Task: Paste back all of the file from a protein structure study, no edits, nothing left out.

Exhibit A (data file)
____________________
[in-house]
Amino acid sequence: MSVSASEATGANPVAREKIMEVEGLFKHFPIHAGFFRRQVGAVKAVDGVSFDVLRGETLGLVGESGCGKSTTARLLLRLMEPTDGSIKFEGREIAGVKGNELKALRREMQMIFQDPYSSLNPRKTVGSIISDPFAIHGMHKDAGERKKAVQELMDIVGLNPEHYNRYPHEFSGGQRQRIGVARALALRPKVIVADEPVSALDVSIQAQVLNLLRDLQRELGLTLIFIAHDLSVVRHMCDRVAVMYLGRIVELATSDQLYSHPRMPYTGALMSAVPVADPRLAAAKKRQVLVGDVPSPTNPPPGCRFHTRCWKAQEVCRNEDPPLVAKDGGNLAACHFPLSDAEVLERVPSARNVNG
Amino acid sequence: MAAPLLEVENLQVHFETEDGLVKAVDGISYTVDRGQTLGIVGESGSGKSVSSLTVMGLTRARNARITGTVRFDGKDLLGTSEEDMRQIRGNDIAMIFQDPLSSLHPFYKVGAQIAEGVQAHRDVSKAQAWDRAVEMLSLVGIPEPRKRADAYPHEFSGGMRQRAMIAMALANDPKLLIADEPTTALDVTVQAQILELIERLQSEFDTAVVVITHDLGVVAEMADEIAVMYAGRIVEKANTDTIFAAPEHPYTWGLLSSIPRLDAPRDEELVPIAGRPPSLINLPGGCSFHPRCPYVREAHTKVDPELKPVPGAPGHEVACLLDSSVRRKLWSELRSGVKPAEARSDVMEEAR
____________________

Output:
[in-house]
Amino acid sequence: MSVSASEATGANPVAREKIMEVEGLFKHFPIHAGFFRRQVGAVKAVDGVSFDVLRGETLGLVGESGCGKSTTARLLLRLMEPTDGSIKFEGREIAGVKGNELKALRREMQMIFQDPYSSLNPRKTVGSIISDPFAIHGMHKDAGERKKAVQELMDIVGLNPEHYNRYPHEFSGGQRQRIGVARALALRPKVIVADEPVSALDVSIQAQVLNLLRDLQRELGLTLIFIAHDLSVVRHMCDRVAVMYLGRIVELATSDQLYSHPRMPYTGALMSAVPVADPRLAAAKKRQVLVGDVPSPTNPPPGCRFHTRCWKAQEVCRNEDPPLVAKDGGNLAACHFPLSDAEVLERVPSARNVNG
Amino acid sequence: MAAPLLEVENLQVHFETEDGLVKAVDGISYTVDRGQTLGIVGESGSGKSVSSLTVMGLTRARNARITGTVRFDGKDLLGTSEEDMRQIRGNDIAMIFQDPLSSLHPFYKVGAQIAEGVQAHRDVSKAQAWDRAVEMLSLVGIPEPRKRADAYPHEFSGGMRQRAMIAMALANDPKLLIADEPTTALDVTVQAQILELIERLQSEFDTAVVVITHDLGVVAEMADEIAVMYAGRIVEKANTDTIFAAPEHPYTWGLLSSIPRLDAPRDEELVPIAGRPPSLINLPGGCSFHPRCPYVREAHTKVDPELKPVPGAPGHEVACLLDSSVRRKLWSELRSGVKPAEARSDVMEEAR